Starting a mentoring program at your organization can be the start of an exciting transformation for your organization. However, one of the challenges of starting a mentoring program is that there are often many more people who want to be mentored than there are people willing to take on the role of a mentor.
As a result, it can be challenging for organizations to recruit mentors. Consider these ideas for recruiting mentors for your mentoring program.
Advertise the mentoring program.
People can’t sign up to be mentors if they don’t know about the opportunity, so it’s critical to advertise and talk up the program.
Set aside time during the program launch to market the program and get applicants. Send e-mails, make announcements at meetings, post on internal message boards, and keep in mind that most people need to hear an announcement more than once before they will act on it.
To get more attention, have an executive sponsor talk about the program. For example, a video announcement of the program by the CEO is bound to catch people’s attention and bring legitimacy and gravitas to the program.
Outline the benefits of becoming a mentor.
While the traditional conception of a mentoring relationship is that the mentor gives and the mentee receives, it’s more accurate to describe a mentoring relationship as reciprocal: it’s not just the mentee that can learn things.
Often, mentees have a different area of expertise or their training is more up-to-date than the mentor, so the mentor learns from the mentee as well. In addition, the act of mentoring can help mentors develop their leadership and communication skills.
Mentors can also broaden their perspective by seeing the organization from an alternative point of view, through their mentee’s eyes. Mentors also report increased satisfaction with their career as mentoring helps them focus on leaving a legacy.
Clearly, a mentor has a lot to gain by entering a mentoring relationship, and mentoring program administrators shouldn’t be shy about sharing these benefits.
Looks for people who already have the qualities of a good mentor.
To be an effective mentor, an individual should have relevant experience and have a broad network. As far as personal qualities, a mentor should be enthusiastic and approachable, as well as open to learning and growth.
Are there leaders in the organization that are particularly good at delivering feedback? These types of people can make excellent mentors. Chances are, if an individual has the necessary skills to be a mentor, they are likely to care about developing others and may be more open to becoming a mentor.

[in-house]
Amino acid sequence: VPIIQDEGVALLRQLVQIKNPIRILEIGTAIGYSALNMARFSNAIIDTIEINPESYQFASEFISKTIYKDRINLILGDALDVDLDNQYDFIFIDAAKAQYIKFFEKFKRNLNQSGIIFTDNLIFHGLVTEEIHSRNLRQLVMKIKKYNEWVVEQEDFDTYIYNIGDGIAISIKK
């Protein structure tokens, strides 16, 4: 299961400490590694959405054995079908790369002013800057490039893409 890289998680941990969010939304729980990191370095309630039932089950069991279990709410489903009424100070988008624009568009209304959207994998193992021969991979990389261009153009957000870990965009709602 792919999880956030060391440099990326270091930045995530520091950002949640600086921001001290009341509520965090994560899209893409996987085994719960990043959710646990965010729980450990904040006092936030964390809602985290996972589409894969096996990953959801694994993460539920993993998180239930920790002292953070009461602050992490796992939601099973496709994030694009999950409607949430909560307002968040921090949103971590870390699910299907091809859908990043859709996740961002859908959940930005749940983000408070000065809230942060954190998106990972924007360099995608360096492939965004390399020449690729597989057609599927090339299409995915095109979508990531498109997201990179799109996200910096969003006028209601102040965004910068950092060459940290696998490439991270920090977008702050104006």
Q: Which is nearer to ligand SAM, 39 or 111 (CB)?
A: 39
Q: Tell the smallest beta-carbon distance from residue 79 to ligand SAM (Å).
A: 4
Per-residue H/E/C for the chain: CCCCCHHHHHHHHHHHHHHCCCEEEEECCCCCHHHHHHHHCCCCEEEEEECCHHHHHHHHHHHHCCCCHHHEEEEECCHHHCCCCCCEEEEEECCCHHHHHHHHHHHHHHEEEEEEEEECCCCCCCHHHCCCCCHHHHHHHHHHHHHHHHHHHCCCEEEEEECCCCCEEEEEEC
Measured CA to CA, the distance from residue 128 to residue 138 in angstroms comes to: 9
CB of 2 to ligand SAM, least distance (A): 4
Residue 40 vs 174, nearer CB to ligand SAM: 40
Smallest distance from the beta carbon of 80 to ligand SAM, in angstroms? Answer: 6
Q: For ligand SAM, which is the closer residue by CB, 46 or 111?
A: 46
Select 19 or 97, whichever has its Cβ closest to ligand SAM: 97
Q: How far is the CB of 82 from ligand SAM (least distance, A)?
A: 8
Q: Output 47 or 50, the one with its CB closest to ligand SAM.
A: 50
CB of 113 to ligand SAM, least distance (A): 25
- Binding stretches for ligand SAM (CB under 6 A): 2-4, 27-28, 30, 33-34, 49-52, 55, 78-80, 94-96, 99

Keep in mind that an individual need not have all of the qualities of a good mentor, but at least some. Once these people have been identified, reach out to them directly to ask them to be a part of the program. Be sure to tell them what qualities you see in them and why you think it will make them a good mentor.
Be clear on what commitments the mentor is expected to make.
One of the first questions a potential mentor will ponder is “how much time will this take?” Chances are, your mentoring program is targeting successful executives to be mentors.
Executives are typically very busy and may not have much room left in their schedule, and a virtual meeting every three months can be much easier to fit on their plate than weekly face-to-face meetings, for example.
Be clear and realistic what you’re asking of mentors in terms of a time commitment, and people will be more likely to say yes to joining the mentoring program.
Provide training and support for mentors.
If an individual has never been a mentor before, they might be nervous or feel uncertain about taking on such a role. By providing comprehensive training before the program, mentors can be more confident in their abilities and have more clarity around the role of the mentor.
Mentors also need ongoing support throughout the program to make sure the mentoring pair is a success.
Continue recruiting throughout the program life cycle.
Don’t consider recruiting to be a one-and-done event. Most successful mentoring programs cycle through several cohorts, and therefore will continually need new mentors.
Keep advertising the program, talking about the benefits of mentoring, and identifying potential mentors throughout the year.
Target former graduates of your mentoring program to become mentors.
People who have graduated from the mentoring program as former mentees can be one of the best sources of mentors. These individuals already know what to expect in a mentoring relationship, they know the specifics of your mentoring program, and many will want to “pay it forward” and help continue the mentoring tradition.
Share testimonials of former mentors and mentees.
Citing statistics about the success of mentoring programs or talking about the benefits of mentoring in general terms will only get you so far in influencing people to join the mentoring program. However, hearing the stories and experiences of people involved in the program can be extremely compelling.
When designing a program, it can be easy to take an “if you build it, they will come” approach. But don’t leave the recruitment of mentors up to chance. Implement these techniques to make sure your program has a pipeline of great mentors available.